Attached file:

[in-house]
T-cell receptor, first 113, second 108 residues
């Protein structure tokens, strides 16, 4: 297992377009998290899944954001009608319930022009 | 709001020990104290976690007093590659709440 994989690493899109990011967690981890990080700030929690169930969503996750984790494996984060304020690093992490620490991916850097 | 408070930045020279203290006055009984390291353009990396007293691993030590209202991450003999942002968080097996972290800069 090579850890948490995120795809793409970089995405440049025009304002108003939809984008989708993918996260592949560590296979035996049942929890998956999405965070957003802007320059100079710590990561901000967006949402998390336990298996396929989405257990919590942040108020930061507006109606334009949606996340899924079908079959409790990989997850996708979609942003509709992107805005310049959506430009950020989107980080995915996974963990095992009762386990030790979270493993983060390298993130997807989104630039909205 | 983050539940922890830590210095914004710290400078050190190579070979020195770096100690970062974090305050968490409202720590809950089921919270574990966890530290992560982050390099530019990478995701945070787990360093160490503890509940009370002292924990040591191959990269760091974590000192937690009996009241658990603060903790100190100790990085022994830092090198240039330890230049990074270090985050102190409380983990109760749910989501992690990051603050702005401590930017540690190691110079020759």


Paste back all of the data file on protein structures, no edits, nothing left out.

[in-house]
T-cell receptor, first 113, second 108 residues
């Protein structure tokens, strides 16, 4: 297992377009998290899944954001009608319930022009 | 709001020990104290976690007093590659709440 994989690493899109990011967690981890990080700030929690169930969503996750984790494996984060304020690093992490620490991916850097 | 408070930045020279203290006055009984390291353009990396007293691993030590209202991450003999942002968080097996972290800069 090579850890948490995120795809793409970089995405440049025009304002108003939809984008989708993918996260592949560590296979035996049942929890998956999405965070957003802007320059100079710590990561901000967006949402998390336990298996396929989405257990919590942040108020930061507006109606334009949606996340899924079908079959409790990989997850996708979609942003509709992107805005310049959506430009950020989107980080995915996974963990095992009762386990030790979270493993983060390298993130997807989104630039909205 | 983050539940922890830590210095914004710290400078050190190579070979020195770096100690970062974090305050968490409202720590809950089921919270574990966890530290992560982050390099530019990478995701945070787990360093160490503890509940009370002292924990040591191959990269760091974590000192937690009996009241658990603060903790100190100790990085022994830092090198240039330890230049990074270090985050102190409380983990109760749910989501992690990051603050702005401590930017540690190691110079020759």